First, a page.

Gary McNair's hour-long, one-man show is a tribute to his gambling grandfather who 'allegedly' won a fortune betting on the 1966 World Cup and, when diagnosed with terminal pancreatic cancer and only one month to live, bet his whole gambling winnings on living, against the odds, to see the year 2000.

 

This multi-award winning show, written and performed by Gary McNair and directed by Gareth Nicholls, premiered at The Traverse at the 2015 Edinburgh Fringe Festival before beginning its international tour at the Adelaide fringe. It has now come to HOME as part of their inaugural Orbit Festival.


McNair’s grandfather, Archie, was a lifelong lover of gambling and raconteur of colourful stories, which would become part of local folk legend - although these should be taken with large 'pinch of salt' and may be more memorable than trustful. A Gambler’s Guide repeatedly returns to a revolving yarn about Archie putting a bet on England to win in the 1966 World Cup final. This subsequently invited the hatred of his fellow Scots and eventually getting him beaten up in a bar in the Gorbals.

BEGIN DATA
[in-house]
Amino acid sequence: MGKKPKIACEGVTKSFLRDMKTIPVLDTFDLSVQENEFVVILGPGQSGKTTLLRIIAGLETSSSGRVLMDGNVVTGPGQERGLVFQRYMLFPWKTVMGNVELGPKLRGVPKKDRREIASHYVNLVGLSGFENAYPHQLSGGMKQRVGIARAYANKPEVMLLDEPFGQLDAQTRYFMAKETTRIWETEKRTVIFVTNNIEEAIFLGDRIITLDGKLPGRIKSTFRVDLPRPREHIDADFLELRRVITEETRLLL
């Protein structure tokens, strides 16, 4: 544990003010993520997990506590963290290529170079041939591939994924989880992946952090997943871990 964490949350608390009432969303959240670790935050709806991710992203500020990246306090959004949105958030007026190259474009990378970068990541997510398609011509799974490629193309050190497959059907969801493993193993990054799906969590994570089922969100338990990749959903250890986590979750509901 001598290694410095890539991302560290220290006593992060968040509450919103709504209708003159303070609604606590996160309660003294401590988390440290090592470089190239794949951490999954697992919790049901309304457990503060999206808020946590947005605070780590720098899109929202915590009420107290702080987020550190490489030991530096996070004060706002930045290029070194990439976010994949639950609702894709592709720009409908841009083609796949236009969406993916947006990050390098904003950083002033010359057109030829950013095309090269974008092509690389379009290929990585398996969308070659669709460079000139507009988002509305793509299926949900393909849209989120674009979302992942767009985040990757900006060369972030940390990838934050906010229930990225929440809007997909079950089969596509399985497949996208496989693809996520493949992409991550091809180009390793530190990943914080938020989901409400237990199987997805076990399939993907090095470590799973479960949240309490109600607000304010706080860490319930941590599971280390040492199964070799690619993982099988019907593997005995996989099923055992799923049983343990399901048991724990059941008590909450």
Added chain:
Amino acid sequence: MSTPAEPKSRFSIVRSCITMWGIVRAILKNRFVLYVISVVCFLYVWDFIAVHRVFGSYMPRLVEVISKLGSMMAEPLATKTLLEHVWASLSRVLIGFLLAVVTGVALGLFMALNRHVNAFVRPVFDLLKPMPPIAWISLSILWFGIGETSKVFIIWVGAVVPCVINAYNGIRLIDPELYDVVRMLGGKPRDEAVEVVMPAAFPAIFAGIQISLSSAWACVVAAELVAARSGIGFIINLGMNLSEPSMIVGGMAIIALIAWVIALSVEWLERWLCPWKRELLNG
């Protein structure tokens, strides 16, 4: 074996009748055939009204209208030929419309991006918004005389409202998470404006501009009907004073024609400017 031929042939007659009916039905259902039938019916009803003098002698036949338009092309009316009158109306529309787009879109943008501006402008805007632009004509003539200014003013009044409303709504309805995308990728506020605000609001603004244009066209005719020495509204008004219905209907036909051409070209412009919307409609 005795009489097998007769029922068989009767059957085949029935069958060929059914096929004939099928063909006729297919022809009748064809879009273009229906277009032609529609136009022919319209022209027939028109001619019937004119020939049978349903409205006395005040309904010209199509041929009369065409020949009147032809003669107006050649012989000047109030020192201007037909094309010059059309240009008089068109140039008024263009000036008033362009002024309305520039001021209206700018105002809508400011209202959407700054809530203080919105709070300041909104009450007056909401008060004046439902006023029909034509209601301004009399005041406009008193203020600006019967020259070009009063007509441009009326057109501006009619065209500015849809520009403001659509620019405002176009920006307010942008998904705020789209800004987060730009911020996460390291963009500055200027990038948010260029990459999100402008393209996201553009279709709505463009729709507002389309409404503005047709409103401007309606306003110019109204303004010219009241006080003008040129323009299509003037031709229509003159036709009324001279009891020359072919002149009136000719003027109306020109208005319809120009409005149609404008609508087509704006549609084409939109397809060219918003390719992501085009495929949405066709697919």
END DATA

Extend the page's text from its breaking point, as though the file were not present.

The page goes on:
The relentlessly optimist Scottish rascal educates his fascinated young grandson in the art of gambling and we see their special relationship grow and develop into a form of childhood hero worship.  

 

The staging, patterned carpet and cardboard boxes, lighting and McNair’s clothing all combine to create a nostalgic quality. The jazz drumming subtlety assists in propelling the story forward and even though ultimately about facing the Grim Reaper, it always manages to stay on the right-side of mawkish, delivering a warm, uplifting and life-affirming piece. 

 

This is a delightfully warm and earthily comical performance and wonderfully demonstrates the act of storytelling. McNair’s witty rollercoaster performance is strong, committed and engaging. 

 

Reviewer: Mike Neary

Reviewed: 06th October 2016 

North West End Rating: ★★★★

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